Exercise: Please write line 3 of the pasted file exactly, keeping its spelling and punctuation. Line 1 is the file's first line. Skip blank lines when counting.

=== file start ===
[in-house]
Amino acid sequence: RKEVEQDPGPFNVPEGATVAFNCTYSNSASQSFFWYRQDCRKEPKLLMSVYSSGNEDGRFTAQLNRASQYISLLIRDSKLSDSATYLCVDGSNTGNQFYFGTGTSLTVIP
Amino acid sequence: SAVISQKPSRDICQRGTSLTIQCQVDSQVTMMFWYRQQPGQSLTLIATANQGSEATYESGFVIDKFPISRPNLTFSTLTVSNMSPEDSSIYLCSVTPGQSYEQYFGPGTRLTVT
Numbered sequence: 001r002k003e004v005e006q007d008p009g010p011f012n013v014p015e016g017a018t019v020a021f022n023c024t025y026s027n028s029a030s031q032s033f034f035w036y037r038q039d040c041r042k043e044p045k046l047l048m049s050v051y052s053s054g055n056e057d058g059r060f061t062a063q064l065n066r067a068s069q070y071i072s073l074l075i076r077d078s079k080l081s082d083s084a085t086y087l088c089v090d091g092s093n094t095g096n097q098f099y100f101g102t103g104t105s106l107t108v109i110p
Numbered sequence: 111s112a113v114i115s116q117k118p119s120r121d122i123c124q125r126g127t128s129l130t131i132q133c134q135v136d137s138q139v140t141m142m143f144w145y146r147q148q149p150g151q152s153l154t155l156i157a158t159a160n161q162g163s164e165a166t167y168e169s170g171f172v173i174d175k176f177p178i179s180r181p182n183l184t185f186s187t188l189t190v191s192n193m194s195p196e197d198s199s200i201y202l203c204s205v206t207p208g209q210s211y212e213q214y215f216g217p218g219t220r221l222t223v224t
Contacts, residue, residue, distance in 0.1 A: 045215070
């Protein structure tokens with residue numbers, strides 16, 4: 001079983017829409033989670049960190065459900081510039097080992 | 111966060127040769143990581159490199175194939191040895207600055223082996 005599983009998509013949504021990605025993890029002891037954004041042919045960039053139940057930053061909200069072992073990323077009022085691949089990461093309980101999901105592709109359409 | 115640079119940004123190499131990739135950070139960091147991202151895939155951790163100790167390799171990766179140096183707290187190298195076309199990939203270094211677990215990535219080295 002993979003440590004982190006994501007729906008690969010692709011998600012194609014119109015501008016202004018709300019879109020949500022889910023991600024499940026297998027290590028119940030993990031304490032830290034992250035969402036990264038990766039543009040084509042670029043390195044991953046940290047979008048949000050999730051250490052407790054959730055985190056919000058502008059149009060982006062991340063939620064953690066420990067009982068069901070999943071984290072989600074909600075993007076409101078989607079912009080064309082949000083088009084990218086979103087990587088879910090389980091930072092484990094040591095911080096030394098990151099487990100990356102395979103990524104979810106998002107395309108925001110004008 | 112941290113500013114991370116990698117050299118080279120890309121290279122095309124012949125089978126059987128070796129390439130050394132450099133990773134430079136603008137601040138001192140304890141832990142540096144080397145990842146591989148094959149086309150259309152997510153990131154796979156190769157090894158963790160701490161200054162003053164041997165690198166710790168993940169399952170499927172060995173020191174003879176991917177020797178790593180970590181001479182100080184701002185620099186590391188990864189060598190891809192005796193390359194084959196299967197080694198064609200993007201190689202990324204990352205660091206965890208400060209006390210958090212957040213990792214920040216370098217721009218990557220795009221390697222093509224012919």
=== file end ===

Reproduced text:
Amino acid sequence: SAVISQKPSRDICQRGTSLTIQCQVDSQVTMMFWYRQQPGQSLTLIATANQGSEATYESGFVIDKFPISRPNLTFSTLTVSNMSPEDSSIYLCSVTPGQSYEQYFGPGTRLTVT